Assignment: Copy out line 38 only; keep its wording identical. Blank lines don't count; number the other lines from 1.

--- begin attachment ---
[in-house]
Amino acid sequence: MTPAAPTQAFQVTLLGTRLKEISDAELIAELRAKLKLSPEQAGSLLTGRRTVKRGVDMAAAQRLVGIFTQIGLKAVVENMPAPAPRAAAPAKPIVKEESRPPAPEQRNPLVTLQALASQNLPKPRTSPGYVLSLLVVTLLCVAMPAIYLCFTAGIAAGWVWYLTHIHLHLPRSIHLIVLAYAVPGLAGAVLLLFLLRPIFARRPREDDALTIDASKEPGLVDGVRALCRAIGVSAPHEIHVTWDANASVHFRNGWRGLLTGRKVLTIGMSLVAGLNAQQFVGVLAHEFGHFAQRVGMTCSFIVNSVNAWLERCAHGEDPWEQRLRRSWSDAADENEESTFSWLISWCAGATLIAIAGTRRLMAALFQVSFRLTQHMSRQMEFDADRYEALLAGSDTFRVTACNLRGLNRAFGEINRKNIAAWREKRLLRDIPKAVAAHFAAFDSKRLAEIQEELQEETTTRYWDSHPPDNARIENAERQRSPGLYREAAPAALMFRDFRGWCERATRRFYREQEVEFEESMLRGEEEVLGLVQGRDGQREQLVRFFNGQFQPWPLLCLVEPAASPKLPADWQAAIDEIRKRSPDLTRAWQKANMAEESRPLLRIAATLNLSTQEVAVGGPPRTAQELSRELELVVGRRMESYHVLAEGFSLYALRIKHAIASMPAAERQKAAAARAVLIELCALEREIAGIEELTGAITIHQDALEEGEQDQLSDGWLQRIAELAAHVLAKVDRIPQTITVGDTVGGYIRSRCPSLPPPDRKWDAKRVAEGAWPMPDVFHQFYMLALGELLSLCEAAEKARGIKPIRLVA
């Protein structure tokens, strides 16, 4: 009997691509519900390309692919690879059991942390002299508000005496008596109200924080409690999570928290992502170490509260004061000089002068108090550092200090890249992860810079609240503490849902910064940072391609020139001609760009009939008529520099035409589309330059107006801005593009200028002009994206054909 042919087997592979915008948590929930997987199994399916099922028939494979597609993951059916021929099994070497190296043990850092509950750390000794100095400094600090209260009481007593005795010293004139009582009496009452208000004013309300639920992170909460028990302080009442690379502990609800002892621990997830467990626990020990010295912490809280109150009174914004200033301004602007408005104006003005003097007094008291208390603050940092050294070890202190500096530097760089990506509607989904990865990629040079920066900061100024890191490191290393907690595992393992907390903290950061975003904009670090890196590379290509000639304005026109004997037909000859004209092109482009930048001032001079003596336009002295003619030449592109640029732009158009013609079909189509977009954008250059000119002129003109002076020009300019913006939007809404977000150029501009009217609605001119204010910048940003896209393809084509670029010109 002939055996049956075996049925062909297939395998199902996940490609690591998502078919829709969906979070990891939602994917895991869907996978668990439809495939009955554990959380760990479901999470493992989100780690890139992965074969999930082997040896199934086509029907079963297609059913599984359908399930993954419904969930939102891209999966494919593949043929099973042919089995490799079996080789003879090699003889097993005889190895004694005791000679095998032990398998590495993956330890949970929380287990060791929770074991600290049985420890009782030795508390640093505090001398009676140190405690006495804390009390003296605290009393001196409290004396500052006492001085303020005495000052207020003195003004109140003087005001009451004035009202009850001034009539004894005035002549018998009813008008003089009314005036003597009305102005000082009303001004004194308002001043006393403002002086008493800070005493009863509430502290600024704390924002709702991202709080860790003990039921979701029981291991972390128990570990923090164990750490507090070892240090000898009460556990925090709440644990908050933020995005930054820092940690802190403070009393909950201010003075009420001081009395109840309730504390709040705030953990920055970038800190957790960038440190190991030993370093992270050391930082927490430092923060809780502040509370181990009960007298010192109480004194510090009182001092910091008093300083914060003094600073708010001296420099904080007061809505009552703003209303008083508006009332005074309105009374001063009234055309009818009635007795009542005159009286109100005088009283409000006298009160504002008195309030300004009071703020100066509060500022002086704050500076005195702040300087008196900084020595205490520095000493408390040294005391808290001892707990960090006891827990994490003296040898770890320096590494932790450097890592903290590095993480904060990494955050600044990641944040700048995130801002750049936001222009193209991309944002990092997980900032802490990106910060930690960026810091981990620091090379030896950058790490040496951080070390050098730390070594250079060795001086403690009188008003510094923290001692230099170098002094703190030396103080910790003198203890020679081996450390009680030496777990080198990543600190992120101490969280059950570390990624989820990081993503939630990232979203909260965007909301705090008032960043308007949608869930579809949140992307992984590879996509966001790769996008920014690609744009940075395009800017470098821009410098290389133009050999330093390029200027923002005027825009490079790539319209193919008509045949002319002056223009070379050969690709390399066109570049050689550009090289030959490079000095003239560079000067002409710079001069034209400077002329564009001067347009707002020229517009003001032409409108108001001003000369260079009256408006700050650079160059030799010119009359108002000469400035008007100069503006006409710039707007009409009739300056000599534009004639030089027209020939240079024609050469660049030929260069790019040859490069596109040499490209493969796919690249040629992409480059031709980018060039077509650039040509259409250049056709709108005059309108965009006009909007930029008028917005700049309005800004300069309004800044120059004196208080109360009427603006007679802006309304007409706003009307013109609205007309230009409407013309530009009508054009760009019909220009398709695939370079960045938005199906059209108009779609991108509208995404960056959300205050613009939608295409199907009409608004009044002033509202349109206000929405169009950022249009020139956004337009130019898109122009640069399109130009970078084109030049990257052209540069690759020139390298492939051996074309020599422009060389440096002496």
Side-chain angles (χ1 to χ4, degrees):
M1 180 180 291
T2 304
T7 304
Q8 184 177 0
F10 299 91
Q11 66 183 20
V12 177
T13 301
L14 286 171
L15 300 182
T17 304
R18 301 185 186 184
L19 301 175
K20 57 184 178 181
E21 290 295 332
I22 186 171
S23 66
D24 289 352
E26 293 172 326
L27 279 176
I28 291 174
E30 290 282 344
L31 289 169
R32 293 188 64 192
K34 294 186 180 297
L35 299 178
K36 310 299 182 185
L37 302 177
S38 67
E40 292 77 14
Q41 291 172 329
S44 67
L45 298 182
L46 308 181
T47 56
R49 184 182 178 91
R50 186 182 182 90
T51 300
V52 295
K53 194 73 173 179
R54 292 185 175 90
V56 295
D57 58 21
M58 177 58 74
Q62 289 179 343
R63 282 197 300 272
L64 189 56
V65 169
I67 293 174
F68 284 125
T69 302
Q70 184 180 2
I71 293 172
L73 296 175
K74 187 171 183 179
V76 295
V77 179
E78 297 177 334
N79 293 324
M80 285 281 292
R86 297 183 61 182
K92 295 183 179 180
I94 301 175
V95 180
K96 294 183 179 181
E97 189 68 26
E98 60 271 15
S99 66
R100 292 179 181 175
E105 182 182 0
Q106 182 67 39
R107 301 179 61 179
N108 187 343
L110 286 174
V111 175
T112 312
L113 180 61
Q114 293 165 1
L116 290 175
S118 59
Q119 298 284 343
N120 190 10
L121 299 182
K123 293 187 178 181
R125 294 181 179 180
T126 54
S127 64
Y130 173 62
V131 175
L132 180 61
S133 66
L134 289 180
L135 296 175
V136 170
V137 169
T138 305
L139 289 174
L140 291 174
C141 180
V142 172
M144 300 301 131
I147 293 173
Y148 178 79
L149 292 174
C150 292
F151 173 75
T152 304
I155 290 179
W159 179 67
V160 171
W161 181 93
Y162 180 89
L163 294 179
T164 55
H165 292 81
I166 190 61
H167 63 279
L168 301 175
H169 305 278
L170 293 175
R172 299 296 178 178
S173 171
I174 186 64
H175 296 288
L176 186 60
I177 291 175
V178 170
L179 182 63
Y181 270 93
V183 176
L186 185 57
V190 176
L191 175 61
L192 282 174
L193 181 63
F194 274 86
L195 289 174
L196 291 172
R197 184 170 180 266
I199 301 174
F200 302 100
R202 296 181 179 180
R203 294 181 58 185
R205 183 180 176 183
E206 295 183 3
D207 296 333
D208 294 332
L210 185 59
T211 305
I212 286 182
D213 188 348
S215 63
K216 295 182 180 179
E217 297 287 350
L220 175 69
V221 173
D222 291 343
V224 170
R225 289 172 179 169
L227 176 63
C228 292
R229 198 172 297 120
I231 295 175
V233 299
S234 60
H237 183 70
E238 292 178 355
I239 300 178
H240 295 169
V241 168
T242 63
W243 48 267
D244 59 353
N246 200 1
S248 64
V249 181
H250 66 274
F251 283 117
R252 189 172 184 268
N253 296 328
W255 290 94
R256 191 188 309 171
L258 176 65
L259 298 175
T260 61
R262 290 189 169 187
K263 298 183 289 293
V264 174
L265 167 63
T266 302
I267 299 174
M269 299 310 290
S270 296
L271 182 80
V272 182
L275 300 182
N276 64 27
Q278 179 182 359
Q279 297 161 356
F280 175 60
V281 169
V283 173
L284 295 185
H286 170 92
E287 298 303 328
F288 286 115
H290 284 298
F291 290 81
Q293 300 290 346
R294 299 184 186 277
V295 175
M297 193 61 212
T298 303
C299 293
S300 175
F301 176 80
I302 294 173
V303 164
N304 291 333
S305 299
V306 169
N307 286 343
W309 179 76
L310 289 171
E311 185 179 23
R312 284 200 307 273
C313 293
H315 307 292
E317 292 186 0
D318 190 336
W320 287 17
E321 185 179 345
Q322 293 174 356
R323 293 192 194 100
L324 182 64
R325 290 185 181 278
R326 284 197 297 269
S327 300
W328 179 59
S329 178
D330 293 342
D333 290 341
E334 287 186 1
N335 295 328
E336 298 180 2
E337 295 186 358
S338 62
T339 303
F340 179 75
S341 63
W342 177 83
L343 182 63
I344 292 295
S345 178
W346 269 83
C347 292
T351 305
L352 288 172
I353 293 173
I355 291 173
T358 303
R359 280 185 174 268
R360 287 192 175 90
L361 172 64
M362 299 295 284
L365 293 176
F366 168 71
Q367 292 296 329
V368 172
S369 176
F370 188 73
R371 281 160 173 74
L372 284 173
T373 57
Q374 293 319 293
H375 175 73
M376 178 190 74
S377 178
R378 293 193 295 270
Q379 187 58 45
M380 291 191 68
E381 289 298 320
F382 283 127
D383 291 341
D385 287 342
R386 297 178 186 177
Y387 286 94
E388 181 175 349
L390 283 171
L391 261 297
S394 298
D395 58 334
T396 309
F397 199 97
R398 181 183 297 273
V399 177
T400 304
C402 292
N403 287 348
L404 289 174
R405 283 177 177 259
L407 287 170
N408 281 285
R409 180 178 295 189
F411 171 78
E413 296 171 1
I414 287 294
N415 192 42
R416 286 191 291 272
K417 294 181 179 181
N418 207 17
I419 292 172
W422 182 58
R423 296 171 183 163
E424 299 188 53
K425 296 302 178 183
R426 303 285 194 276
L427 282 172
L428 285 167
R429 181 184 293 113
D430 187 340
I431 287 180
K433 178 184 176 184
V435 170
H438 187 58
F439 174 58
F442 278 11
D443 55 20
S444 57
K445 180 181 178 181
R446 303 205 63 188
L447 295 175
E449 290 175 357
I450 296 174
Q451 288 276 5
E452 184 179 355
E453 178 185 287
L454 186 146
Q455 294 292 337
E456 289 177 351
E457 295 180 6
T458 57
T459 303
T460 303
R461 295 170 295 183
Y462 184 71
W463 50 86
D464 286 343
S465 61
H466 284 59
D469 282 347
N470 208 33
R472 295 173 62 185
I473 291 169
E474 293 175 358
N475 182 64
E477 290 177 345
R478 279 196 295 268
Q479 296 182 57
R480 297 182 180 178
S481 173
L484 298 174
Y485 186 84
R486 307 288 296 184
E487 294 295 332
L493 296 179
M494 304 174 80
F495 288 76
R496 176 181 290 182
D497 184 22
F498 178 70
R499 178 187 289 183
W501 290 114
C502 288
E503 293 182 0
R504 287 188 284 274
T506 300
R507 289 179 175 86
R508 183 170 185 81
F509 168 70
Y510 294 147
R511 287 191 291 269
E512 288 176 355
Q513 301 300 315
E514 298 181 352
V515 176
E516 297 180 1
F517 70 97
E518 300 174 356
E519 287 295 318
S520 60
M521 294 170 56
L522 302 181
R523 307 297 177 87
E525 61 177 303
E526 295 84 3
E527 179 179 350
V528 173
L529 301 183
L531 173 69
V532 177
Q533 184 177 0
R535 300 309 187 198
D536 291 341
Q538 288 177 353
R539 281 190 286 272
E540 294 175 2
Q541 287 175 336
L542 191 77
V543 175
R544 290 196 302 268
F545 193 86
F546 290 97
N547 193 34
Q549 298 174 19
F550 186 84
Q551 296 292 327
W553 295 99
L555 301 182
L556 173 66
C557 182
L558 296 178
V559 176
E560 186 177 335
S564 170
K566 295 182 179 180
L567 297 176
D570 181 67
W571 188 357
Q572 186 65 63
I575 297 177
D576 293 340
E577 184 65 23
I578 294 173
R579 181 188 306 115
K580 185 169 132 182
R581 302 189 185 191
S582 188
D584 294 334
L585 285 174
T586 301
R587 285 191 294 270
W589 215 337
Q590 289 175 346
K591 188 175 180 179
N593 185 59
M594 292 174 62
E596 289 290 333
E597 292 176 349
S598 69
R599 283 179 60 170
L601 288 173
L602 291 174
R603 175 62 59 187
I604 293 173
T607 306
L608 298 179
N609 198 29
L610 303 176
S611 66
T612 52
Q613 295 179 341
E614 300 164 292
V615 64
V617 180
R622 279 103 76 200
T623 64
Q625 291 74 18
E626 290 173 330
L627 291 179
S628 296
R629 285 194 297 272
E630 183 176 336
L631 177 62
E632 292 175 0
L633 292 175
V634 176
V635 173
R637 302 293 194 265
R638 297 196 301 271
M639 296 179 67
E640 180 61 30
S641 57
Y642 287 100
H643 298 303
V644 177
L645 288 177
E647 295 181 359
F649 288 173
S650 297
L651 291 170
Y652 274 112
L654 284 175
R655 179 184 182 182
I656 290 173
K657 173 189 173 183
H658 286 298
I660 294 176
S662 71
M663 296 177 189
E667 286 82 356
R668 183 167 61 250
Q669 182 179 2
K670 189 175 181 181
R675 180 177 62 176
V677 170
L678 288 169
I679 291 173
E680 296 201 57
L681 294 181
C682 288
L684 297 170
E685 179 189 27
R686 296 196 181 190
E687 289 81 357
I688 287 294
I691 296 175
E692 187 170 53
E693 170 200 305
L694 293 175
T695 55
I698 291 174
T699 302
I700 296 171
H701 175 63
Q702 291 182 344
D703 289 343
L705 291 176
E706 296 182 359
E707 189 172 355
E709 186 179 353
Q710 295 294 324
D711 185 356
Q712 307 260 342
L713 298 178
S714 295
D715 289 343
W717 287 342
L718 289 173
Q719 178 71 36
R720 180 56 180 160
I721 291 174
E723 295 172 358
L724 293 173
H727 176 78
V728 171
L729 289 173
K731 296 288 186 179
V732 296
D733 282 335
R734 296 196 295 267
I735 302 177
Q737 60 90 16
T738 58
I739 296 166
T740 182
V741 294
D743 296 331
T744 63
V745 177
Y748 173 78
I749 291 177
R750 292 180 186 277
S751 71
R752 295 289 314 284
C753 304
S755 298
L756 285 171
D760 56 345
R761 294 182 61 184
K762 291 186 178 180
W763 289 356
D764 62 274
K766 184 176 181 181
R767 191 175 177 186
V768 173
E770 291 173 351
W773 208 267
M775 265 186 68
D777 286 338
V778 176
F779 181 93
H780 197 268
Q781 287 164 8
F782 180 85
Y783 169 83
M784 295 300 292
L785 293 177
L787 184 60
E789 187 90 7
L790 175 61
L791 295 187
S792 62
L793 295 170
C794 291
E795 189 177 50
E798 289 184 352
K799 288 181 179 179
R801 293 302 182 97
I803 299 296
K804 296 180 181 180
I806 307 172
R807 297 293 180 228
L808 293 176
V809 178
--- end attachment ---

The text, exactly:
L46 308 181